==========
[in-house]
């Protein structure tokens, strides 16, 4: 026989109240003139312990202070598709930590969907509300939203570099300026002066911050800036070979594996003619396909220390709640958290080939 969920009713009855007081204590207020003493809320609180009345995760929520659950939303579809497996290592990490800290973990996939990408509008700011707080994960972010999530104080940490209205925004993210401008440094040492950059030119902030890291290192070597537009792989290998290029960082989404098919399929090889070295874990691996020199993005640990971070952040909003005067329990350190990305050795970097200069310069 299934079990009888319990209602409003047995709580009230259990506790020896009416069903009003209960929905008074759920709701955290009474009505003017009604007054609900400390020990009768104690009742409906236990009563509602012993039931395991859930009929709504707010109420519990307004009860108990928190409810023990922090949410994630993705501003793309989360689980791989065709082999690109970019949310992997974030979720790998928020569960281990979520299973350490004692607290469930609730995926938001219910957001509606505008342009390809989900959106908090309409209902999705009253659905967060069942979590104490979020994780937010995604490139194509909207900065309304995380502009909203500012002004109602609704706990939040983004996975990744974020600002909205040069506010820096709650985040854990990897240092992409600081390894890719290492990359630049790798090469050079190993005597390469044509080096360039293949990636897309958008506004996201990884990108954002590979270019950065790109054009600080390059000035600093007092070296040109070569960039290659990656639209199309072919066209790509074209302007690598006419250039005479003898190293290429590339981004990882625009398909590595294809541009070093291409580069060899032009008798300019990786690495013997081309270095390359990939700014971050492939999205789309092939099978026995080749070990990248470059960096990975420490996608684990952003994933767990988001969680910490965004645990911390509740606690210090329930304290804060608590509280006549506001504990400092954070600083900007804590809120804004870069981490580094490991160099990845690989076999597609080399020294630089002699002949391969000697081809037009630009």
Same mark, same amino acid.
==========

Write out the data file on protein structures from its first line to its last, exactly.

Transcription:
[in-house]
């Protein structure tokens, strides 16, 4: 026989109240003139312990202070598709930590969907509300939203570099300026002066911050800036070979594996003619396909220390709640958290080939 969920009713009855007081204590207020003493809320609180009345995760929520659950939303579809497996290592990490800290973990996939990408509008700011707080994960972010999530104080940490209205925004993210401008440094040492950059030119902030890291290192070597537009792989290998290029960082989404098919399929090889070295874990691996020199993005640990971070952040909003005067329990350190990305050795970097200069310069 299934079990009888319990209602409003047995709580009230259990506790020896009416069903009003209960929905008074759920709701955290009474009505003017009604007054609900400390020990009768104690009742409906236990009563509602012993039931395991859930009929709504707010109420519990307004009860108990928190409810023990922090949410994630993705501003793309989360689980791989065709082999690109970019949310992997974030979720790998928020569960281990979520299973350490004692607290469930609730995926938001219910957001509606505008342009390809989900959106908090309409209902999705009253659905967060069942979590104490979020994780937010995604490139194509909207900065309304995380502009909203500012002004109602609704706990939040983004996975990744974020600002909205040069506010820096709650985040854990990897240092992409600081390894890719290492990359630049790798090469050079190993005597390469044509080096360039293949990636897309958008506004996201990884990108954002590979270019950065790109054009600080390059000035600093007092070296040109070569960039290659990656639209199309072919066209790509074209302007690598006419250039005479003898190293290429590339981004990882625009398909590595294809541009070093291409580069060899032009008798300019990786690495013997081309270095390359990939700014971050492939999205789309092939099978026995080749070990990248470059960096990975420490996608684990952003994933767990988001969680910490965004645990911390509740606690210090329930304290804060608590509280006549506001504990400092954070600083900007804590809120804004870069981490580094490991160099990845690989076999597609080399020294630089002699002949391969000697081809037009630009």
Same mark, same amino acid.